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Native Americans in the United States

Indigenous peoples of the United States / From Wikipedia, the free encyclopedia

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Native Americans, sometimes called First Americans or Indigenous Americans, are the Indigenous peoples of the United States or portions thereof, such as American Indians from the contiguous United States and Alaska Natives. The United States Census Bureau defines Native American as "all people indigenous to the United States and its territories, including Native Hawaiian and Other Pacific Islanders, whose data are published separately from American Indians and Alaska Natives".[4] The US census tracks data from American Indians and Alaska Native separately from Native Hawaiian and Other Pacific Islanders,[4] who include Samoan Americans and Chamorros.

Quick facts: Total population, Regions with significant po...
Native Americans
Proportion of Indigenous Americans in each county of the 50 states, Washington, D.C., and Puerto Rico as of the 2020 census
Total population
American Indian and Alaska Native (2020 census)[1][2]
One race: 3,727,135 are registered
In combination with one or more of the other races listed: 5,938,923
Total: 9,666,058 ~ 2.9% of the total U.S. population.
Regions with significant populations
Predominantly in the Western United States; small communities also exist in the Eastern United States
Native American languages
(including Navajo, Central Alaskan Yup'ik, Tlingit, Haida, Dakota, Seneca, Lakota, Western Apache, Keres, Cherokee, Choctaw, Creek, Kiowa, Comanche, Osage, Zuni, Pawnee, Shawnee, Winnebago, Ojibwe, Cree, O'odham[3])
Native Pidgin (extinct)
Russian (mostly in Alaska)
Related ethnic groups
Comanche Indians Chasing Buffalo with Lances and Bows, a mid-19th century portrait depicting the Comanche tribe by George Catlin, now on display at the Smithsonian American Art Museum in Washington, D.C.

The European colonization of the Americas that began in 1492 resulted in a precipitous decline in Native American population because of newly introduced diseases (including weaponized diseases and biological warfare by European colonizers[5][6][7][8][9]), wars, ethnic cleansing, and enslavement. After its formation, the United States, as part of its policy of settler colonialism, continued to wage war and perpetrated massacres against many Native American peoples, removed them from their ancestral lands, and subjected them to one-sided treaties and to discriminatory government policies. These later focused on forced assimilation, into the 20th century.[10][11][12]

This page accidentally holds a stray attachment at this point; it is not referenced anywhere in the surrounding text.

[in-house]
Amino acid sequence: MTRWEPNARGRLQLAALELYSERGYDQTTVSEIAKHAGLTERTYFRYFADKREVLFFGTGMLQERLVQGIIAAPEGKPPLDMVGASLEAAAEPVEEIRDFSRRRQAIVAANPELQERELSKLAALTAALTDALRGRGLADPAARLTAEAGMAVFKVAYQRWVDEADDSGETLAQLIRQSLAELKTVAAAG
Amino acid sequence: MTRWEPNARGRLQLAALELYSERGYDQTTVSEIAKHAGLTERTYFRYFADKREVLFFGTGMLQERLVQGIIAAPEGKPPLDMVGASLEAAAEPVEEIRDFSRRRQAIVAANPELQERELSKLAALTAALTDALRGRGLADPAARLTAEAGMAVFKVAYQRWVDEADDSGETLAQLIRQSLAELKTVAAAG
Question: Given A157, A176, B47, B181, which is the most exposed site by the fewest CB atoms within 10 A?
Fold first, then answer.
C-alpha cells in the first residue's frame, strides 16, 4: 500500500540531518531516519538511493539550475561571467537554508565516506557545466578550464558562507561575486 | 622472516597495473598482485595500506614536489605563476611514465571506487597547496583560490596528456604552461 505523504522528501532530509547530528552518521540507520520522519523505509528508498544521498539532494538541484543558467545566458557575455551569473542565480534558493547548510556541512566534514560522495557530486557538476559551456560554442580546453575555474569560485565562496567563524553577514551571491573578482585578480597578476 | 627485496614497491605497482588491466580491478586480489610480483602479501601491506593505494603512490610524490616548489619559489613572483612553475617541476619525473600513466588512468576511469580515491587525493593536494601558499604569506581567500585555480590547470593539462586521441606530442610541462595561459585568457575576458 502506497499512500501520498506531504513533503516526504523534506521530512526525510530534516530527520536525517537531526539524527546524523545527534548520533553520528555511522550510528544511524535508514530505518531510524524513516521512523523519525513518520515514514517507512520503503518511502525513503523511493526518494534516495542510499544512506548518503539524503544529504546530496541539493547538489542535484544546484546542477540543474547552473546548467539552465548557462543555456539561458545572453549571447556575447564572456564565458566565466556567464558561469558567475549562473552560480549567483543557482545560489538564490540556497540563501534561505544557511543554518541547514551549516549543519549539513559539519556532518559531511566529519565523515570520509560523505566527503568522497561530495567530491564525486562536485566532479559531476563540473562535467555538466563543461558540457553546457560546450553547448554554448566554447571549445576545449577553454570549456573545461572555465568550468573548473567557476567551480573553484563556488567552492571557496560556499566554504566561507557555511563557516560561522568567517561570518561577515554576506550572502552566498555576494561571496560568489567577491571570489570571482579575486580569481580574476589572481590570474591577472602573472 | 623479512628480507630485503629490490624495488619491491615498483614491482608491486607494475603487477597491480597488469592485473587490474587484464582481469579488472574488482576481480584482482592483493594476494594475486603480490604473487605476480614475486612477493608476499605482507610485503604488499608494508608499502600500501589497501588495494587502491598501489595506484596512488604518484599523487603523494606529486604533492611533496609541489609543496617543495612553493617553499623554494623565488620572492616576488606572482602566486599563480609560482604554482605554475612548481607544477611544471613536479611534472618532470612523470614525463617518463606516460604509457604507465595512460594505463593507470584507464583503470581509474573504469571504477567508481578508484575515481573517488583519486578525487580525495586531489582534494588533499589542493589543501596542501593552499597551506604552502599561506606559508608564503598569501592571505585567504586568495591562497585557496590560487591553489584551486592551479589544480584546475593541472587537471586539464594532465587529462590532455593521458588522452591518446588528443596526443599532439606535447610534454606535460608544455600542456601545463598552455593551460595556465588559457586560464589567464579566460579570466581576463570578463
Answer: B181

When the United States was created, established Native American tribes were generally considered semi-independent nations, as they generally lived in communities separate from white settlers. The federal government signed treaties at a government-to-government level until the Indian Appropriations Act of 1871 ended recognition of independent Native nations, and started treating them as "domestic dependent nations" subject to applicable federal laws. This law did preserve the rights and privileges agreed to under the treaties, including a large degree of tribal sovereignty. For this reason, many Native American reservations are still independent of state law and the actions of tribal citizens on these reservations are subject only to tribal courts and federal law, often differently applicable to tribal lands than to U.S. state or territory by exemption, exclusion, treaty, or superseding tribal or federal law. The Indian Citizenship Act of 1924 granted U.S. citizenship to all Native Americans born in the United States who had not yet obtained it. This emptied the "Indians not taxed" category established by the United States Constitution, allowed Natives to vote in state and federal elections, and extended the Fourteenth Amendment protections granted to people "subject to the jurisdiction" of the United States. However, some states continued to deny Native Americans voting rights for several decades. Titles II through VII of the Civil Rights Act of 1968 comprise the Indian Civil Rights Act, which applies to the Native American tribes of the United States and makes many but not all of the guarantees of the U.S. Bill of Rights applicable within the tribes (that Act appears today in Title 25, sections 1301 to 1303 of the United States Code).[13]

Since the 1960s, Native American self-determination movements have resulted in positive changes to the lives of many Native Americans, though there are still many contemporary issues faced by them. Today, there are over five million Native Americans in the United States, 78% of whom live outside reservations. The states with the highest percentage of Native Americans in the U.S. are Alaska, Oklahoma, New Mexico, South Dakota, Montana, and North Dakota.[14][15]